He did so, as we think, as part of the history, and indeed this Court is of the view that the tenor of the summing-up was indeed robust upon this topic. He is in effect saying “If you are satisfied that these are the facts, this man is a blackguard”, but he preceded that by giving a warning to the jury that they should not come to such a conclusion on so serious a matter easily.

Two further points arise. A letter was produced when Norma Jxxxxx was giving evidence which the defence wished to put in evidence. She was wholly unable to identify it. It was not in her writing, nor was it in her mother’s, the suggestion being it had been written on her behalf. The Judge quite properly declined to let it go in.

However that was not the end of the matter, because when the defendant came to give evidence he wished to put it in as part of his case, and the section of the Act of 1865 has been cited to us. The view of this Court is that if it had been the position that none other than Norma could have produced this document, it might have been put in, but it is clear it might have come from her or from the defendant himself. The Court therefore takes the view that the Judge was right to exclude it.

Finally there is the objection taken that a police officer when giving evidence referred at the request almost of the defence to a file of documents and in order to assist went through it obviously with care to try to find the answer to the questions which were put, the one in mind being as to the broken nose of the Appellant.

Had this of course been a notebook, then it is quite customary for counsel to be allowed to see it to see if there is anything in it, but we do not take the view in the particular circumstances of this case that the defence were entitled to a roving examination of this file, and the learned Judge was right in the course that he adopted.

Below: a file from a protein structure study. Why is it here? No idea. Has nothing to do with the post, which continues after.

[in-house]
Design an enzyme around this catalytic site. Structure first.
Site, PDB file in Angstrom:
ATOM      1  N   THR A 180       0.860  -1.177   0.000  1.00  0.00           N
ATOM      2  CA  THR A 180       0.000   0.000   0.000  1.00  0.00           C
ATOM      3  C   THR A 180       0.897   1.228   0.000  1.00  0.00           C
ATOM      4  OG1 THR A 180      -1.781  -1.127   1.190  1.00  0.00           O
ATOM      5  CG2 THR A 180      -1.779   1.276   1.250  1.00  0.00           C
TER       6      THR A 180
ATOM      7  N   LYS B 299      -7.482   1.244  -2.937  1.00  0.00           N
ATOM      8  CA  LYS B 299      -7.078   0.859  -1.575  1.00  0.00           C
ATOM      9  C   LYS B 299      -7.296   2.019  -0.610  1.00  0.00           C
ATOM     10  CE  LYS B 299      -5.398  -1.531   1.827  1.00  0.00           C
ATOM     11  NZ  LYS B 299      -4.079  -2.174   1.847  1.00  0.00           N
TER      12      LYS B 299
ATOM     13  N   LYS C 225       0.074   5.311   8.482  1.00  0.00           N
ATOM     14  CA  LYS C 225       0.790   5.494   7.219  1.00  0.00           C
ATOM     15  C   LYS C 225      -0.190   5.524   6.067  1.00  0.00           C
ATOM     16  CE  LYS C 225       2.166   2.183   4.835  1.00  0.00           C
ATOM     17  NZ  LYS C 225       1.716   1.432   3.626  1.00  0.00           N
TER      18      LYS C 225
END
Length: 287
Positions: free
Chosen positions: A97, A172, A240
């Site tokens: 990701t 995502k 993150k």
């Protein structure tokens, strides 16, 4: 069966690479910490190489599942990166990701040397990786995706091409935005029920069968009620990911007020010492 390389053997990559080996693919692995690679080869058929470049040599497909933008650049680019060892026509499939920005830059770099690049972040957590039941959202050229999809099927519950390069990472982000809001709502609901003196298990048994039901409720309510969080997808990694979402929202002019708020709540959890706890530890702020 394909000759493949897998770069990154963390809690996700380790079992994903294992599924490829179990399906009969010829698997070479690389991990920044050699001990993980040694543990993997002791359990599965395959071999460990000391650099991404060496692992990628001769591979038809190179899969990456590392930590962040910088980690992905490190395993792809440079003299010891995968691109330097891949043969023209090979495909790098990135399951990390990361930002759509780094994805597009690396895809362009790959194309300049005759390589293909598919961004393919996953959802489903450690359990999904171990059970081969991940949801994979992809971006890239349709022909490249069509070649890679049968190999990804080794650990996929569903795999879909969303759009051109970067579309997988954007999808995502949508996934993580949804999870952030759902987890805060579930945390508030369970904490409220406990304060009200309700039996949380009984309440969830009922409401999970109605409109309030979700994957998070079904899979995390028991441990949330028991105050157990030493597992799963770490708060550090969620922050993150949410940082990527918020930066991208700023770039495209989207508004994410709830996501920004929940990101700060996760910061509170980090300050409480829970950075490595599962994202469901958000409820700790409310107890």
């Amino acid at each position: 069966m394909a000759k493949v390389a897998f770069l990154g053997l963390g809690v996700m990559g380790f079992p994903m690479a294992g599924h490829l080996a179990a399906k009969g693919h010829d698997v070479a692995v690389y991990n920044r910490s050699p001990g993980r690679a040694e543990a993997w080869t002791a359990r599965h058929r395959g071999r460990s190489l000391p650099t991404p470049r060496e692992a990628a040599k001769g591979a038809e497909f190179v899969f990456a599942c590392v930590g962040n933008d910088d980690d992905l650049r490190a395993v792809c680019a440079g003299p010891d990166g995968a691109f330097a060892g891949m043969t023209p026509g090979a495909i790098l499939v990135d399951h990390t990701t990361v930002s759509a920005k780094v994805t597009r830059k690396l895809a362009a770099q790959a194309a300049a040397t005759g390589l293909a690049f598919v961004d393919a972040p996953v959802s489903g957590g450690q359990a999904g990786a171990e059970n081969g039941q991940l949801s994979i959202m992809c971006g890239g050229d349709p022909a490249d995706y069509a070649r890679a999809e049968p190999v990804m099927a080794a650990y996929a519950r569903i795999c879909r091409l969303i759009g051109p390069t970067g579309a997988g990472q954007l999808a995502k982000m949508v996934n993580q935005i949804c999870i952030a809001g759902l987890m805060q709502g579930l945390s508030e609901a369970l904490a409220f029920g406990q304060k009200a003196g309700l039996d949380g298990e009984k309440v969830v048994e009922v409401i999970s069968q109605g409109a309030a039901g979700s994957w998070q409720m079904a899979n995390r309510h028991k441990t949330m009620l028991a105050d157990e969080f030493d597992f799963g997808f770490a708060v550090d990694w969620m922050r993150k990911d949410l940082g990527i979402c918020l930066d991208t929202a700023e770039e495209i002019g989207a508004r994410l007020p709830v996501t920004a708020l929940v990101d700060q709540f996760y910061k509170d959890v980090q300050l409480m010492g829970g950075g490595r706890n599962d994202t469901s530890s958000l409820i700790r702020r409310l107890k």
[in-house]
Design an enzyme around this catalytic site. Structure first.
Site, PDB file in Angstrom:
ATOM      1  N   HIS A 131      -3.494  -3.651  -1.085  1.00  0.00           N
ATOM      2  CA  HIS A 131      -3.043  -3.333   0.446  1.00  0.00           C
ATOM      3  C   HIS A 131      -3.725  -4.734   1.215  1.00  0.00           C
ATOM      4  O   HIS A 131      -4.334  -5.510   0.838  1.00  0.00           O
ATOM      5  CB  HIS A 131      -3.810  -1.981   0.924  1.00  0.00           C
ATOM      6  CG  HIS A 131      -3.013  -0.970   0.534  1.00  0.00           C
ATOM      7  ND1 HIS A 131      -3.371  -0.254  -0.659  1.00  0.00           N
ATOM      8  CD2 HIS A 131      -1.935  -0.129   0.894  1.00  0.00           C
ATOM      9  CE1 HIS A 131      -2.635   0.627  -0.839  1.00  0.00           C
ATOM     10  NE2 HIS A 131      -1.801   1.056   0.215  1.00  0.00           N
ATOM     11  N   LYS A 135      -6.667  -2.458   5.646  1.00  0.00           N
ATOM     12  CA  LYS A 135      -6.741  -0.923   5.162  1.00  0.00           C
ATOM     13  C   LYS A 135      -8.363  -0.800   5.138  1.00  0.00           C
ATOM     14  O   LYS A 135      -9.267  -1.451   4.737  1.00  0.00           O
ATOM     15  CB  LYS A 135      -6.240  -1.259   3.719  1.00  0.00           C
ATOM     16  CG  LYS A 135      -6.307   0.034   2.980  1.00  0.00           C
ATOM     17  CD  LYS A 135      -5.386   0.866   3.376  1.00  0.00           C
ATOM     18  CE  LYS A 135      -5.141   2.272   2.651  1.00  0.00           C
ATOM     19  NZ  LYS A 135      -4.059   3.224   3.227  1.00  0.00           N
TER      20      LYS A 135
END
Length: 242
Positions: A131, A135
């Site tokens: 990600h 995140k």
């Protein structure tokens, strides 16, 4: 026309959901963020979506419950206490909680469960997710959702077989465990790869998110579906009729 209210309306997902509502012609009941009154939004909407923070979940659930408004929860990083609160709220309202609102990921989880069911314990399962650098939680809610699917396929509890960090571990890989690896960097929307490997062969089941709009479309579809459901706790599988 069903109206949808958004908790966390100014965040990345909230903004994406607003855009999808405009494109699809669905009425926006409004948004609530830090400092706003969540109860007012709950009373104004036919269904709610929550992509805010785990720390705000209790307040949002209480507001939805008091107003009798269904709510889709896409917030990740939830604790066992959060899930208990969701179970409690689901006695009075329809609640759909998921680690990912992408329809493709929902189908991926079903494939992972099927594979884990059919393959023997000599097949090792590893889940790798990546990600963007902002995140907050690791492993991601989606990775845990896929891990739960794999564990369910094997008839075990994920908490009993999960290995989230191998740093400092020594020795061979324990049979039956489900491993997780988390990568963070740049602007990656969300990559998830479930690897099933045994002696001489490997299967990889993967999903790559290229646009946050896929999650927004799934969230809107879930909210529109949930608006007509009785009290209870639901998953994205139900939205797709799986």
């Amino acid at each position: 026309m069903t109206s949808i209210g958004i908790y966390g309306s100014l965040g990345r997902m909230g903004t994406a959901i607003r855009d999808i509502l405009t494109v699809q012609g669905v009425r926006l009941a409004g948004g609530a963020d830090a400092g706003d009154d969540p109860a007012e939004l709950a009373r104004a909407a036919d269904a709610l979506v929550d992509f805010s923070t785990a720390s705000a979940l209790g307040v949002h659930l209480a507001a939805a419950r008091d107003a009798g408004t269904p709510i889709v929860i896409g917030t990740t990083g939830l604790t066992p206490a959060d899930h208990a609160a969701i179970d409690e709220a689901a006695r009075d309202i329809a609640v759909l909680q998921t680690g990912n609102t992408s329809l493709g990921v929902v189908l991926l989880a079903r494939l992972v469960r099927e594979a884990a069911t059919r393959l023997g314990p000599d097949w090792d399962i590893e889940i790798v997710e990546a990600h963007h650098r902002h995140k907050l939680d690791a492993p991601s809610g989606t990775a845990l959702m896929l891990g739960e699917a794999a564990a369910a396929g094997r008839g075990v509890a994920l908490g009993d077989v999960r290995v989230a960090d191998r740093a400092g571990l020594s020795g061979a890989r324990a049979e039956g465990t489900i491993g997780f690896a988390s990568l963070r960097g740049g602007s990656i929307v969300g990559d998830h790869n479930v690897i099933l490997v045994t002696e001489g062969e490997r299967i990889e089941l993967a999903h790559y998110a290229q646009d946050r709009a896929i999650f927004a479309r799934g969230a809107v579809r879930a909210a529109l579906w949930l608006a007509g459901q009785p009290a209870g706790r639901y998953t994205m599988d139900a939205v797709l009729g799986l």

In all these circumstances this Court is of the opinion that there was ample evidence here – indeed overwhelming evidence –and that there was an adequate summing-up, and that the objections to it cannot really be sustained. For those reasons the appeal must be dismissed.

For a summary of O’Dowd court cases and newspaper articles see  2017 Apr 1 Cathy Fox Blog Kenneth Kevin O’Dowd and the Ted Heath Photos [3]

Index of Newspaper and Journal articles on this blog [1]

Index of Court Appeals on this blog [2]

Please note that victims of abuse may be triggered by reading this information. These links are generally UK based.

  • The Sanctuary for the Abused [A] has advice on how to prevent triggers.
  • National Association for People Abused in Childhood [B] has a freephone helpline and has links to local support groups.
  • One in Four [C]
  • Havoca [D].
  • Useful post on Triggers [E]  from SurvivorsJustice [F] blog.
  • Jim Hoppers pages on Mindfulness [G]  and Meditation [H] may be useful.
  • Hwaairfan blog An Indigenous Australian Approach to Healing Trauma  [J]
  • Survivors UK for victims and survivors of male rape or the sexual abuse of men [K]
  • Voicing CSA group [L] helps arrange survivors meetings in your area
  • A Prescription for me blog Various emotional support links [M]
  • ShatterBoys -“Male Survivors Of Childhood Sexual Abuse Inspiring change, Through Shared Experience Whilst Building Connections…Together We Can Heal” [N]


About cathy fox blog on Child Abuse

the truth will out, the truth will shout, the truth will set us free...
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4 Responses to [O’Dowd1] Kenneth Vizzard 25 July 1975 Court of Appeal

  1. Pingback: Kenneth Kevin O’Dowd and the Ted Heath Photos | cathy fox blog on child abuse

  2. Pingback: An Index and Timeline of Court and Court of Appeal Documents on Cathy Fox Blog | cathy fox blog on child abuse